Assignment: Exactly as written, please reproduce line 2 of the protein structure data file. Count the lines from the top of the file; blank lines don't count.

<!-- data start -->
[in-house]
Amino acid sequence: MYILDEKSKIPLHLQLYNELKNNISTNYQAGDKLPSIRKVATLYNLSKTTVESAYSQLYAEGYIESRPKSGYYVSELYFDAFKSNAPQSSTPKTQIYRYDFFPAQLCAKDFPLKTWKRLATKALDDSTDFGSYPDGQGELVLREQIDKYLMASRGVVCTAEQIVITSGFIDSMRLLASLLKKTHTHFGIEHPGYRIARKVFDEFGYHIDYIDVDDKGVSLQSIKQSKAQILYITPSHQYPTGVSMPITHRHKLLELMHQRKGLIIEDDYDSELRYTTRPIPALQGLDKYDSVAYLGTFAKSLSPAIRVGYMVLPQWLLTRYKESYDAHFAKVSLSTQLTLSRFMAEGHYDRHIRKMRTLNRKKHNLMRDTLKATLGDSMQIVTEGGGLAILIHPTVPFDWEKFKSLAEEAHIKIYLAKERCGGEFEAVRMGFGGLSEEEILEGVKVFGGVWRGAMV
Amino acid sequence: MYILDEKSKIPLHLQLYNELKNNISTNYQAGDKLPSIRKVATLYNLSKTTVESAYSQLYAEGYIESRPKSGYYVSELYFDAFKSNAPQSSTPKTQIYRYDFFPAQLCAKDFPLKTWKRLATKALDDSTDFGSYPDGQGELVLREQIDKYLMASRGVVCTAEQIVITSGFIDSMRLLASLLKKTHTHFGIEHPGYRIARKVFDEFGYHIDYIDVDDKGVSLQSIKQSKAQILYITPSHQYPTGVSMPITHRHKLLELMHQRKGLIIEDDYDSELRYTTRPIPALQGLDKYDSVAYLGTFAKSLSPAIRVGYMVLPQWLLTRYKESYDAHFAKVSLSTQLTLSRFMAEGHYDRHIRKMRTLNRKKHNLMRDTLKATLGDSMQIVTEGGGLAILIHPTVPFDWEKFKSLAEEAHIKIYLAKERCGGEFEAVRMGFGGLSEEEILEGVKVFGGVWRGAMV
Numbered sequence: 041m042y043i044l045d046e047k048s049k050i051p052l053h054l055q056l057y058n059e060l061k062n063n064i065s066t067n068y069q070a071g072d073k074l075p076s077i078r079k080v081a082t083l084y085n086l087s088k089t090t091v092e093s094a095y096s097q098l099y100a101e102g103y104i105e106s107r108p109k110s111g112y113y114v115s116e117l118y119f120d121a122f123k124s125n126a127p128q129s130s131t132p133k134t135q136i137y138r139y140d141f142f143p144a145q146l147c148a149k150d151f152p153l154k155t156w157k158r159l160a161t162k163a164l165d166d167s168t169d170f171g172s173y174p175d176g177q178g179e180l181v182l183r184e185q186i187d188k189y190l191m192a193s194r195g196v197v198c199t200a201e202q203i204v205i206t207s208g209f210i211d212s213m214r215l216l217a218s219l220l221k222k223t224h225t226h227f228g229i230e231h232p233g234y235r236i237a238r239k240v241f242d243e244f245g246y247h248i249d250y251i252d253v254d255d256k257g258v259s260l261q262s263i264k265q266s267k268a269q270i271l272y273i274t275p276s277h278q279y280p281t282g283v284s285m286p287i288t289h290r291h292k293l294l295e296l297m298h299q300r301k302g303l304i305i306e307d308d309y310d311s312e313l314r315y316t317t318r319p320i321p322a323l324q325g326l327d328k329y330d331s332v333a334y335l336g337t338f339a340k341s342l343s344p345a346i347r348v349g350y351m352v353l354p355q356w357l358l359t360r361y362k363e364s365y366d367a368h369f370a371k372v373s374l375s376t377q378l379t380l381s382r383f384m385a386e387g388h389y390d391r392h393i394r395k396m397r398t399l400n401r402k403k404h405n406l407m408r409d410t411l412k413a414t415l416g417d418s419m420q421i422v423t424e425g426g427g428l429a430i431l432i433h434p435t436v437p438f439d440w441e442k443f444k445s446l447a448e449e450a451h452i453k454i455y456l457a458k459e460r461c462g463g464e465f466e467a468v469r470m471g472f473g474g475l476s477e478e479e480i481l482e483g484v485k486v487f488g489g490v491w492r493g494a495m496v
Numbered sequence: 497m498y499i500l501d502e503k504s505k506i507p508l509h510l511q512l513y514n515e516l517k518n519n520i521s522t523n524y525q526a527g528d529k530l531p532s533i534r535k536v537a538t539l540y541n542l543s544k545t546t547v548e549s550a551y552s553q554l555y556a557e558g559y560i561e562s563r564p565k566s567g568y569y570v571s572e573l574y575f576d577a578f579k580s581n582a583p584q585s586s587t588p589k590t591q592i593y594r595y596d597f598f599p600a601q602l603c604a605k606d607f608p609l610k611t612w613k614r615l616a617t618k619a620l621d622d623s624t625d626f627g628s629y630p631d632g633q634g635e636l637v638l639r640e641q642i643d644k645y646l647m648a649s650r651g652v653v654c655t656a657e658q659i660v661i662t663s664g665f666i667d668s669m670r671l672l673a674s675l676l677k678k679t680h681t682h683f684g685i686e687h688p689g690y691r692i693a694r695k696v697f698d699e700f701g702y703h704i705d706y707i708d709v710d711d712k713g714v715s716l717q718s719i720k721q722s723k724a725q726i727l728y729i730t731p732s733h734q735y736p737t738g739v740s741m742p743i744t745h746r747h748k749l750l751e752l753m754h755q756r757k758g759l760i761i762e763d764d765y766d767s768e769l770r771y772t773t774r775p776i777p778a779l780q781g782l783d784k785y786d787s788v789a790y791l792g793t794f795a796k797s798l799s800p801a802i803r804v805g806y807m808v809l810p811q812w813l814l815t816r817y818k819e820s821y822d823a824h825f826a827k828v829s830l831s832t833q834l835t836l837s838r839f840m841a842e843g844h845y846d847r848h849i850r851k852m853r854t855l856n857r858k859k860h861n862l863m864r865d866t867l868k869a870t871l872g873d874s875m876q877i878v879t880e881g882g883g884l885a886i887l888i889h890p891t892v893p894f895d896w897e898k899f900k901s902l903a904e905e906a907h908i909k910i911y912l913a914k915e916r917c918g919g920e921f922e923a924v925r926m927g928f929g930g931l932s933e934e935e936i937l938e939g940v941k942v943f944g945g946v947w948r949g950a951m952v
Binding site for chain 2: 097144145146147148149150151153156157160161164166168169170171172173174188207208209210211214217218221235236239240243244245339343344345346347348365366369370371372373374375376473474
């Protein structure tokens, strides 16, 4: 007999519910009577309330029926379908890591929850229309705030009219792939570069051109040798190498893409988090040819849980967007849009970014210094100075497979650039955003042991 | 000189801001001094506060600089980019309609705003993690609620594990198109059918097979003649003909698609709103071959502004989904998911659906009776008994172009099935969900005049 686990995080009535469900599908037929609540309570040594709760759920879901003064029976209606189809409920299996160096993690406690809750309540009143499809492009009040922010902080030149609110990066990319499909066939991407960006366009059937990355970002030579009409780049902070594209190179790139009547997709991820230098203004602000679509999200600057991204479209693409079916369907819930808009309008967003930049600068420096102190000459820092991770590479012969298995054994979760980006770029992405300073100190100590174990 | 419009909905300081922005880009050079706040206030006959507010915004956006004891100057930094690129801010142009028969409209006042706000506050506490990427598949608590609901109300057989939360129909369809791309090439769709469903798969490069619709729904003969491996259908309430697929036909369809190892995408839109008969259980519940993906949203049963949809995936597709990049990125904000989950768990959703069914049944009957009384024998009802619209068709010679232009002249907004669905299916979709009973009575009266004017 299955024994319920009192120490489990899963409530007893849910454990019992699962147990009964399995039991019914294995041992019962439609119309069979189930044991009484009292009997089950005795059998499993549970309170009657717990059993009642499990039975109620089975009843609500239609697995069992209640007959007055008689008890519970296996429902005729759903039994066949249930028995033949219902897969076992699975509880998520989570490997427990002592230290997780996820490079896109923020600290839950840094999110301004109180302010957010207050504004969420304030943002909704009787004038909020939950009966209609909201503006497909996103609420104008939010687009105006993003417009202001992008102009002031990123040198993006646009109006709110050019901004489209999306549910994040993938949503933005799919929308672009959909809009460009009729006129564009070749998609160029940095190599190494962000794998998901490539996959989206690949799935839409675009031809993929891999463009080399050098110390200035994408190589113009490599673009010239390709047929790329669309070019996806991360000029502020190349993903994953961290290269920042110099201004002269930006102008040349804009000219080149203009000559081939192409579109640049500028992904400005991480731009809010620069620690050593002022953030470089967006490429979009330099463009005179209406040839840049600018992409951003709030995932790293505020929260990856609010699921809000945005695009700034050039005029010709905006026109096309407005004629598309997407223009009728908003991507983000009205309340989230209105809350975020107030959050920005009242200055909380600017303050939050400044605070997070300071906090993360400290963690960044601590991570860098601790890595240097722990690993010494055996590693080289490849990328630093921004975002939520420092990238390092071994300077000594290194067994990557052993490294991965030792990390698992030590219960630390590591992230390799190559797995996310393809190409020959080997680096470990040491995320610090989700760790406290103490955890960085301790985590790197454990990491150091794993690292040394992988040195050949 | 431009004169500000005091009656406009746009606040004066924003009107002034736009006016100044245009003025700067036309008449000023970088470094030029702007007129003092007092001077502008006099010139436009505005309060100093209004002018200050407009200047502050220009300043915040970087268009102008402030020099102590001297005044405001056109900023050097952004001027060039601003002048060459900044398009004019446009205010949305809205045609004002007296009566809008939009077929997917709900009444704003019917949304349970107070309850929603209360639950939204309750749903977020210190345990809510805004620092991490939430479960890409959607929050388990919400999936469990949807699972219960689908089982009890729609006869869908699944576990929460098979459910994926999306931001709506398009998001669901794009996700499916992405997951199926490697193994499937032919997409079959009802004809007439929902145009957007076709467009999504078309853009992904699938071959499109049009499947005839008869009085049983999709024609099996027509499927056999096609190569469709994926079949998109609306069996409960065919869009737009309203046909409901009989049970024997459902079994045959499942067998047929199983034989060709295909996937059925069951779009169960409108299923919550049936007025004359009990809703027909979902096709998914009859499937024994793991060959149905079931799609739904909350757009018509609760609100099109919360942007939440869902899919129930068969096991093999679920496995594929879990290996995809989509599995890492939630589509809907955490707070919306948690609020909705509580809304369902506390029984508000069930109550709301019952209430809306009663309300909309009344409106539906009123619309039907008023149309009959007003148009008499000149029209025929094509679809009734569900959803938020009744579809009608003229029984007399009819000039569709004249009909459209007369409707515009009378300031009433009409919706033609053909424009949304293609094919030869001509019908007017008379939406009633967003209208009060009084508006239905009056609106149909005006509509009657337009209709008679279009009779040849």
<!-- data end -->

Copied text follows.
Amino acid sequence: MYILDEKSKIPLHLQLYNELKNNISTNYQAGDKLPSIRKVATLYNLSKTTVESAYSQLYAEGYIESRPKSGYYVSELYFDAFKSNAPQSSTPKTQIYRYDFFPAQLCAKDFPLKTWKRLATKALDDSTDFGSYPDGQGELVLREQIDKYLMASRGVVCTAEQIVITSGFIDSMRLLASLLKKTHTHFGIEHPGYRIARKVFDEFGYHIDYIDVDDKGVSLQSIKQSKAQILYITPSHQYPTGVSMPITHRHKLLELMHQRKGLIIEDDYDSELRYTTRPIPALQGLDKYDSVAYLGTFAKSLSPAIRVGYMVLPQWLLTRYKESYDAHFAKVSLSTQLTLSRFMAEGHYDRHIRKMRTLNRKKHNLMRDTLKATLGDSMQIVTEGGGLAILIHPTVPFDWEKFKSLAEEAHIKIYLAKERCGGEFEAVRMGFGGLSEEEILEGVKVFGGVWRGAMV